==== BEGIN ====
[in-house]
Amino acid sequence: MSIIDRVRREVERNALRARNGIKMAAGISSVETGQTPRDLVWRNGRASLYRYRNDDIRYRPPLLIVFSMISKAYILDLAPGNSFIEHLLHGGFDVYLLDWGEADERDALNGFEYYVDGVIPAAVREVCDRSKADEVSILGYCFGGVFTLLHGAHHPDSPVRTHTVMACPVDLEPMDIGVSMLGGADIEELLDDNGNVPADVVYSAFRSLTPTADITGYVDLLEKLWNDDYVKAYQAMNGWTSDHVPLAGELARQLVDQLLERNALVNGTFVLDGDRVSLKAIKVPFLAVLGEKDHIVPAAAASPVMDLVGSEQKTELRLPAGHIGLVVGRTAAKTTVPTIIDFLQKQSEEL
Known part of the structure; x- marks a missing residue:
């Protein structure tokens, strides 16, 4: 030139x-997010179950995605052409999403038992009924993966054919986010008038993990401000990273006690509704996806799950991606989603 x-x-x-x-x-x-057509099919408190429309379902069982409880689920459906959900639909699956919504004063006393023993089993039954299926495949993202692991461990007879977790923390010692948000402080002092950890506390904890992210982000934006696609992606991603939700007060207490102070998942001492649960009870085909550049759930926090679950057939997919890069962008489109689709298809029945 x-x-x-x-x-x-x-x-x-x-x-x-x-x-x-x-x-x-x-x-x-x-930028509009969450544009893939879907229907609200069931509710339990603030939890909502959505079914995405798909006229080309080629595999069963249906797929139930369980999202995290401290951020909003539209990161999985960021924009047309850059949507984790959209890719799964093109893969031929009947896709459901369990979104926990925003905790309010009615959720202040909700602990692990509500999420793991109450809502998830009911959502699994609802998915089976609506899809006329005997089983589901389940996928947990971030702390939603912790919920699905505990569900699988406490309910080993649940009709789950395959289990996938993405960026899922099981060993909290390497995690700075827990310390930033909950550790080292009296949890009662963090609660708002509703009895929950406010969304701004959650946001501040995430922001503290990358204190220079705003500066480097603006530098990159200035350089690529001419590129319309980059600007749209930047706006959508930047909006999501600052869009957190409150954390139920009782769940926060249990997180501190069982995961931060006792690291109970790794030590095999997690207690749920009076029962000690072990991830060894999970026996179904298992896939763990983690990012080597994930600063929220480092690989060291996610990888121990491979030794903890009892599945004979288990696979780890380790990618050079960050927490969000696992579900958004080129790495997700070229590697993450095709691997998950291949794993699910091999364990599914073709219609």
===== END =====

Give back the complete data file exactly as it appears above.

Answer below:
[in-house]
Amino acid sequence: MSIIDRVRREVERNALRARNGIKMAAGISSVETGQTPRDLVWRNGRASLYRYRNDDIRYRPPLLIVFSMISKAYILDLAPGNSFIEHLLHGGFDVYLLDWGEADERDALNGFEYYVDGVIPAAVREVCDRSKADEVSILGYCFGGVFTLLHGAHHPDSPVRTHTVMACPVDLEPMDIGVSMLGGADIEELLDDNGNVPADVVYSAFRSLTPTADITGYVDLLEKLWNDDYVKAYQAMNGWTSDHVPLAGELARQLVDQLLERNALVNGTFVLDGDRVSLKAIKVPFLAVLGEKDHIVPAAAASPVMDLVGSEQKTELRLPAGHIGLVVGRTAAKTTVPTIIDFLQKQSEEL
Known part of the structure; x- marks a missing residue:
């Protein structure tokens, strides 16, 4: 030139x-997010179950995605052409999403038992009924993966054919986010008038993990401000990273006690509704996806799950991606989603 x-x-x-x-x-x-057509099919408190429309379902069982409880689920459906959900639909699956919504004063006393023993089993039954299926495949993202692991461990007879977790923390010692948000402080002092950890506390904890992210982000934006696609992606991603939700007060207490102070998942001492649960009870085909550049759930926090679950057939997919890069962008489109689709298809029945 x-x-x-x-x-x-x-x-x-x-x-x-x-x-x-x-x-x-x-x-x-x-930028509009969450544009893939879907229907609200069931509710339990603030939890909502959505079914995405798909006229080309080629595999069963249906797929139930369980999202995290401290951020909003539209990161999985960021924009047309850059949507984790959209890719799964093109893969031929009947896709459901369990979104926990925003905790309010009615959720202040909700602990692990509500999420793991109450809502998830009911959502699994609802998915089976609506899809006329005997089983589901389940996928947990971030702390939603912790919920699905505990569900699988406490309910080993649940009709789950395959289990996938993405960026899922099981060993909290390497995690700075827990310390930033909950550790080292009296949890009662963090609660708002509703009895929950406010969304701004959650946001501040995430922001503290990358204190220079705003500066480097603006530098990159200035350089690529001419590129319309980059600007749209930047706006959508930047909006999501600052869009957190409150954390139920009782769940926060249990997180501190069982995961931060006792690291109970790794030590095999997690207690749920009076029962000690072990991830060894999970026996179904298992896939763990983690990012080597994930600063929220480092690989060291996610990888121990491979030794903890009892599945004979288990696979780890380790990618050079960050927490969000696992579900958004080129790495997700070229590697993450095709691997998950291949794993699910091999364990599914073709219609």